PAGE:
Pressing the Menu button above the arrow pad accesses all the functions related to shooting. Available items vary according to the selected shooting mode. The Program Auto mode is the only setting to allow adjustments to ISO and flash output level, while both Program Auto and Movie modes access the Colour, Metering and Focus settings. White balance and Steady Shot stabilisation can also be used in these modes, as well as the Scene Selection setting. Image size, burst and bracketing, exposure compensation and red-eye reduction flash are the only adjustments permitted in the auto mode ““ apart from Face Detection.

      Two digital zoom settings are provided: Smart Zoom and Precision Zoom. The former enlarges the image by cropping it and is not available when the image size is set to 8M or 3:2. At VGA resolution you can achieve up to 25x digital magnification. The Precision Zoom enlarges all image sizes up to a maximum of 10x but quality deteriorates as magnification increases. Neither mode can be used with Face Detection.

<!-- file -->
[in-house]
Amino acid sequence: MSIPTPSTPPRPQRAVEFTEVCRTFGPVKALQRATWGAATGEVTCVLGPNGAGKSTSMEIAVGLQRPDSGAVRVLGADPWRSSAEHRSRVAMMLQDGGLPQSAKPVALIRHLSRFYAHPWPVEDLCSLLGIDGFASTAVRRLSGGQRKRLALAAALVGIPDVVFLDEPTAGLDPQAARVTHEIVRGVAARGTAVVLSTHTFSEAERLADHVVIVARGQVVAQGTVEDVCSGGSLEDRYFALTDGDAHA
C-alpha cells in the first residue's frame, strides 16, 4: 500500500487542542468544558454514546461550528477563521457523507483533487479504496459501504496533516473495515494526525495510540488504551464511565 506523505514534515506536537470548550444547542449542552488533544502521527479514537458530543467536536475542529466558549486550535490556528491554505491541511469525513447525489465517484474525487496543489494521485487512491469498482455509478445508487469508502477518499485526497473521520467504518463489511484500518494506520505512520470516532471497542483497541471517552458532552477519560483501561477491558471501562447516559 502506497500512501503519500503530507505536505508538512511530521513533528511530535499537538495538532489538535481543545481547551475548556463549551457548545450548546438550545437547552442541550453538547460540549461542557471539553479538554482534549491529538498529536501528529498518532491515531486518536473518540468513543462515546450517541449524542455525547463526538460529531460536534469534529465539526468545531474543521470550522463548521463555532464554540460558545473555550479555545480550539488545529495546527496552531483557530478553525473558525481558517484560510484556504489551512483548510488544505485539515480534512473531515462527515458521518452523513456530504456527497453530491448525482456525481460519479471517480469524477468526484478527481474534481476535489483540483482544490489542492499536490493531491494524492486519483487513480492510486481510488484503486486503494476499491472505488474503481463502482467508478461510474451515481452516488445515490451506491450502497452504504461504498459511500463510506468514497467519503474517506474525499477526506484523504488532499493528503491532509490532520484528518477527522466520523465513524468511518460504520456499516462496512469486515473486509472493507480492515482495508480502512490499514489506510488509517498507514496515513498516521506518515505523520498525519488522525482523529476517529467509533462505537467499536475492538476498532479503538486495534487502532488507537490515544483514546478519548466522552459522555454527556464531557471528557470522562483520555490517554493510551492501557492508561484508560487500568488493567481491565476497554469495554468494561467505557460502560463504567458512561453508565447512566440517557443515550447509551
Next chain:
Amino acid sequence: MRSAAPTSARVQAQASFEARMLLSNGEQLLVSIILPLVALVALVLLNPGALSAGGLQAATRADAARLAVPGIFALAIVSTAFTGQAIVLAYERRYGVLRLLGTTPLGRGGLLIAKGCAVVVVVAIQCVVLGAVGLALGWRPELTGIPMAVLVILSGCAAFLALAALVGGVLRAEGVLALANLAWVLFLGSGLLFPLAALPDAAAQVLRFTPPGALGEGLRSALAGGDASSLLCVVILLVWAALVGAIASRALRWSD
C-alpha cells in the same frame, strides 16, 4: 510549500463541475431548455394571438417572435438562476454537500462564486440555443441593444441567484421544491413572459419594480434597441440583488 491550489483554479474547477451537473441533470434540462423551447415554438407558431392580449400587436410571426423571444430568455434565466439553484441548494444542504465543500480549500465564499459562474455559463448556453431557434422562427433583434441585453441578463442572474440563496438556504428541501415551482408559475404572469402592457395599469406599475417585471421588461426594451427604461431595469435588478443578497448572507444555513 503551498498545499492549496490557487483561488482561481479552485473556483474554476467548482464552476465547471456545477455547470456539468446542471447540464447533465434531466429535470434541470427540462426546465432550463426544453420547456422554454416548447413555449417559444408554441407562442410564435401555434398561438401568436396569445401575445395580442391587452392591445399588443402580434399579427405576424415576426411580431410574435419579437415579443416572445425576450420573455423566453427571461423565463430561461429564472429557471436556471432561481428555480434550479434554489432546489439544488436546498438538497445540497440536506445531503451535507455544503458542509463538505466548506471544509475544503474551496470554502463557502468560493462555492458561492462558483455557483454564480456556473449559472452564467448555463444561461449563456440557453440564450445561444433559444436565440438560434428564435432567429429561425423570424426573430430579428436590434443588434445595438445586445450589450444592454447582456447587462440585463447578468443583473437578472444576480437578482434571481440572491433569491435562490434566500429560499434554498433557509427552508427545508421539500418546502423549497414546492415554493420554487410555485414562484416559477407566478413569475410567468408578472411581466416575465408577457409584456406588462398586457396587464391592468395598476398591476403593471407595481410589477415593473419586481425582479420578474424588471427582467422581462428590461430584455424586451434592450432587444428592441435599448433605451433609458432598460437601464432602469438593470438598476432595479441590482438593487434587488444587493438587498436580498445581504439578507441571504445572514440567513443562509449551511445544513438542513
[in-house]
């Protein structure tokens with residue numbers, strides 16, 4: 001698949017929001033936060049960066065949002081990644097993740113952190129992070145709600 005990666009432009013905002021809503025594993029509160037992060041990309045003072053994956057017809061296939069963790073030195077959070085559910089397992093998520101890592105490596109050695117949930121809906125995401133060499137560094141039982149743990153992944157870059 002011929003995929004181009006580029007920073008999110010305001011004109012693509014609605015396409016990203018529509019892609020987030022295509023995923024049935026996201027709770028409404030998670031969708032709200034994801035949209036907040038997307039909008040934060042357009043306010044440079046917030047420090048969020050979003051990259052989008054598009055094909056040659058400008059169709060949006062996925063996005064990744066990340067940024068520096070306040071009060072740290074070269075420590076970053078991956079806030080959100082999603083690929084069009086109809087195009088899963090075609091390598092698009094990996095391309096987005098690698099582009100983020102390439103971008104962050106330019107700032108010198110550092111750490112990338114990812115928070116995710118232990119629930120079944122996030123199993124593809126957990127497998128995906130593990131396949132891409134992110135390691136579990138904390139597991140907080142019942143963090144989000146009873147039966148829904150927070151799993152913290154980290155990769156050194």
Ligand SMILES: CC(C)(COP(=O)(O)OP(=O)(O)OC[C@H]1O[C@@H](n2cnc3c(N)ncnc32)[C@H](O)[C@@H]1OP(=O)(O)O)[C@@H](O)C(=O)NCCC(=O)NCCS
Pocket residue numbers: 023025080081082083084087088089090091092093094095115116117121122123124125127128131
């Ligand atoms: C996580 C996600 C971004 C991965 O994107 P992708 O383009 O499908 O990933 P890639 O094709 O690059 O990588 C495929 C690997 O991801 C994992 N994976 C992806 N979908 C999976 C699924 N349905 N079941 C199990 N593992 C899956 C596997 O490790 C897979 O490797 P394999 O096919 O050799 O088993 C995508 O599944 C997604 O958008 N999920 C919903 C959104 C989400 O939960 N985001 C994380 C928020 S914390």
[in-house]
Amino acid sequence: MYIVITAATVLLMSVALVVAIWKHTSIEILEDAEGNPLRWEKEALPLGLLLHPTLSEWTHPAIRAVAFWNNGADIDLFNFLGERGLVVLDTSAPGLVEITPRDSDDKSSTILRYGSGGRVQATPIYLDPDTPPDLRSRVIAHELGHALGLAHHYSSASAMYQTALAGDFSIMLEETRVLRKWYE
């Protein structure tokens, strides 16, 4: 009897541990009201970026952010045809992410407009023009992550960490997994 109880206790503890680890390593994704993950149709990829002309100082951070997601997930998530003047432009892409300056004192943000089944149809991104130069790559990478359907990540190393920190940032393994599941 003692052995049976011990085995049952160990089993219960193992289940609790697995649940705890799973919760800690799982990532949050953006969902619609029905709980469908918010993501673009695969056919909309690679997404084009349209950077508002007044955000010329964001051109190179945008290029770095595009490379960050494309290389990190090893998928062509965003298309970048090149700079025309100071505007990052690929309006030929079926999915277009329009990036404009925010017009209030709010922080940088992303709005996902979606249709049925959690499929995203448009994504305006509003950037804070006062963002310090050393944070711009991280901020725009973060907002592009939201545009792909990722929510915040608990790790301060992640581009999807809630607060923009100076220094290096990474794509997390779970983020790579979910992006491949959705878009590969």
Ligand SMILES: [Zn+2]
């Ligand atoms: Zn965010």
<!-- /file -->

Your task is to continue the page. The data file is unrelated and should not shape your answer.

Compatibility with HD (High Definition) TV sets has been made much of in advertisements for the latest cameras. Unfortunately, the camera is not supplied with the required component video cable (VMCMHC1) and a search of Sony Australia’s website yielded no results so we weren’t able to test this facility (although Sony did demonstrate it at the product’s launch in April).

      Sony has produced an excellent ““ and very informative ““ user manual for the T100. Unfortunately it’s only provided on the bundled CD, requiring users to view it on their computer or print out the 119 pages. You could reduce paper wastage by duplexing and printing two pages on each side of the sheet but, even then, you’d end up using 30 sheets of paper!